August 31, 2014 |
The Philadelphia Bar Association will host bar leaders from London, Beijing, Frankfurt, and other major cities at a conference from Sept. 10 to 13 aimed at showcasing the city's attributes as a crossroads of cultural and economic activity. Association chancellor William Fedullo said a focus of the World City Bar Leaders conference will be discussions on expanding legal representation for low-income people in civil litigation. Besides other legal discussions and cultural events, the conference will have a presentation by Kenneth Feinberg on responding to catastrophes.
August 31, 2014 |
The fallout from the Philadelphia School District's dismal financial situation continues: 17 central-office employees were issued layoff notices Friday. Overall, 81 positions were eliminated, said Fernando Gallard, spokesman for the school system, but among those were 64 vacant jobs. The laid-off workers come mostly from the district's facilities and capital improvements offices. One employee from the Office of Family and Community Engagement was also issued a pink slip. Shedding the 81 jobs saves the district $5.4 million, Gallard said.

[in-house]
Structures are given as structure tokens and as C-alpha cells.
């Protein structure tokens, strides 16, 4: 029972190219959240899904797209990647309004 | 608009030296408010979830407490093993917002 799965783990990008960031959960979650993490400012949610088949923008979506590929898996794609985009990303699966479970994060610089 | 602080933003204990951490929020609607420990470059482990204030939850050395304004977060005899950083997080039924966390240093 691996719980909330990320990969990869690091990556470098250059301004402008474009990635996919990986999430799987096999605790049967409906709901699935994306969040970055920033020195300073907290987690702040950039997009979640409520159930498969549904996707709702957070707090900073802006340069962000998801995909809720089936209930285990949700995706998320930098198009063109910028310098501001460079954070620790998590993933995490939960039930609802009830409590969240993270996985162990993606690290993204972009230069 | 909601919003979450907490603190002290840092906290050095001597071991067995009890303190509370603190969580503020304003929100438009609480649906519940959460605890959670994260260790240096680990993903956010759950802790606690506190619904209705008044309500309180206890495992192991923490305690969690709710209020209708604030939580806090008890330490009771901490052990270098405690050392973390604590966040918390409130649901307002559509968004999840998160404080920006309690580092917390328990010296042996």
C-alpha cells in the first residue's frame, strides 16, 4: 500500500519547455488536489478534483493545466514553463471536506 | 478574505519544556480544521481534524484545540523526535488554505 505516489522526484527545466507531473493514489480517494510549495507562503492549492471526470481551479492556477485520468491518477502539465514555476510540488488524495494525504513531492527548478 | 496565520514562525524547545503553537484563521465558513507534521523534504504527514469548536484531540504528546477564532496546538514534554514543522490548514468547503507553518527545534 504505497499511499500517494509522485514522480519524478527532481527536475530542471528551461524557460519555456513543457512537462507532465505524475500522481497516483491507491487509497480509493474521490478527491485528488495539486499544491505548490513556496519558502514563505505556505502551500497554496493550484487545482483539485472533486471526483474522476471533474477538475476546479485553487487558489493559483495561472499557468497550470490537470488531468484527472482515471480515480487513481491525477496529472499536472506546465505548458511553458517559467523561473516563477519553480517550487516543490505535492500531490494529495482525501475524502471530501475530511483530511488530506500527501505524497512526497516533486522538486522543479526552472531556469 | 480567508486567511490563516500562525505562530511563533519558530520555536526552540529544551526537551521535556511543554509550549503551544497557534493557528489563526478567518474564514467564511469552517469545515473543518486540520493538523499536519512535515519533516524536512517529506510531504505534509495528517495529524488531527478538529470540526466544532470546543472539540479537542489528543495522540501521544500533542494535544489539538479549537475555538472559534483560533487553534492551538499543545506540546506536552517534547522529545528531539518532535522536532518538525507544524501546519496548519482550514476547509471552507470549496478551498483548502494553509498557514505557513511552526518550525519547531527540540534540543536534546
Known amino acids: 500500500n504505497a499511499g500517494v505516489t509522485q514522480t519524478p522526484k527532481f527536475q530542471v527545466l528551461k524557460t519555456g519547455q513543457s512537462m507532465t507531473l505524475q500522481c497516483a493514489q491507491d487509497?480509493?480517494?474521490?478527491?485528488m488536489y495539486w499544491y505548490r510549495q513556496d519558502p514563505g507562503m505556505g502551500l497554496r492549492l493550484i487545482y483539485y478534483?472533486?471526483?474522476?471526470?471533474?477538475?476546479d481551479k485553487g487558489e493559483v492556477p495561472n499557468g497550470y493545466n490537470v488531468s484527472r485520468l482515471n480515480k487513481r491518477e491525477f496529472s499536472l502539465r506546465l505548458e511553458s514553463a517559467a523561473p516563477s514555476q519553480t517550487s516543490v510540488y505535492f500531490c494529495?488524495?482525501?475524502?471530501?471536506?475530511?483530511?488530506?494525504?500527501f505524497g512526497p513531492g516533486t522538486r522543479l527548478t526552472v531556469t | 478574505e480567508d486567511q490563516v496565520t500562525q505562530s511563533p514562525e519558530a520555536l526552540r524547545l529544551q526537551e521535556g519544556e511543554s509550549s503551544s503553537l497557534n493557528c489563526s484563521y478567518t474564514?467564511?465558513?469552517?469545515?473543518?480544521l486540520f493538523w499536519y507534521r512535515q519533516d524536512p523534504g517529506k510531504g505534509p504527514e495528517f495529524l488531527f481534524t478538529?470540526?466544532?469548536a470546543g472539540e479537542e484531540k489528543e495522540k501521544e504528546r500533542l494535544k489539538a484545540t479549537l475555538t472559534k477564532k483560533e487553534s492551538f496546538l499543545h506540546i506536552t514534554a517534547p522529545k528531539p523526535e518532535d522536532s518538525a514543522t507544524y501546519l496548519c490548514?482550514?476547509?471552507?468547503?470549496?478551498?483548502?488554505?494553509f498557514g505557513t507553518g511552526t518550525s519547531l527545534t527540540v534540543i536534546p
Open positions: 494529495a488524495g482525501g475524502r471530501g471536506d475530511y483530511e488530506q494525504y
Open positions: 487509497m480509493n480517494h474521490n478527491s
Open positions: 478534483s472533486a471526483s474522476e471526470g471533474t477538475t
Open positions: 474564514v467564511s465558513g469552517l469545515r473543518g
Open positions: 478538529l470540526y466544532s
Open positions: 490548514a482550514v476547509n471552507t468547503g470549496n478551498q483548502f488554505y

August 30, 2014 |
The scene at the Loft District's new Goldtex building couldn't have been more tranquil. Workers were wrapping up construction, patching cracks in the concrete and nestling shrubs into planters. A notice on the window of the retail space heralded the opening of a restaurant. Residents skipped down the front steps, off to their Center City jobs. It's hard to believe that only two years ago, the corner of 12th and Wood was Philadelphia's most notorious construction site. A dispute between powerful building-trades unions and two young, maverick developers escalated into an old-style, head-busting labor war that became a symbol of the divide between old Philadelphia and new Philadelphia.
August 29, 2014 |
In the summer of 1776, as 33-year-old Thomas Jefferson was writing the first draft of what became the Declaration of Independence, he solicited the thoughts of some colleagues. He was anxious to hear from Benjamin Franklin, for instance, because of the much older man's "more enlarged view of the subject. " Franklin made minor suggestions, which is why "we hold these truths to be self-evident," as opposed to holding them "sacred and undeniable. " Jefferson could write like a demon; Franklin was a devil of concision.
August 28, 2014 |
Hello there Monica was a junior at Tyler School of Art when she landed her first internship at Iris Creative. Iris' president, Beth, was so impressed that she brought her back the next year, then hired Monica after she graduated in 2011. Part of getting to know her boss was learning about Beth's family, including son James, then a rising junior enrolled in Navy ROTC while earning a mechanical engineering degree from Drexel. "She showed me a picture of him once, and I thought he was really cute," Monica said.
August 27, 2014 |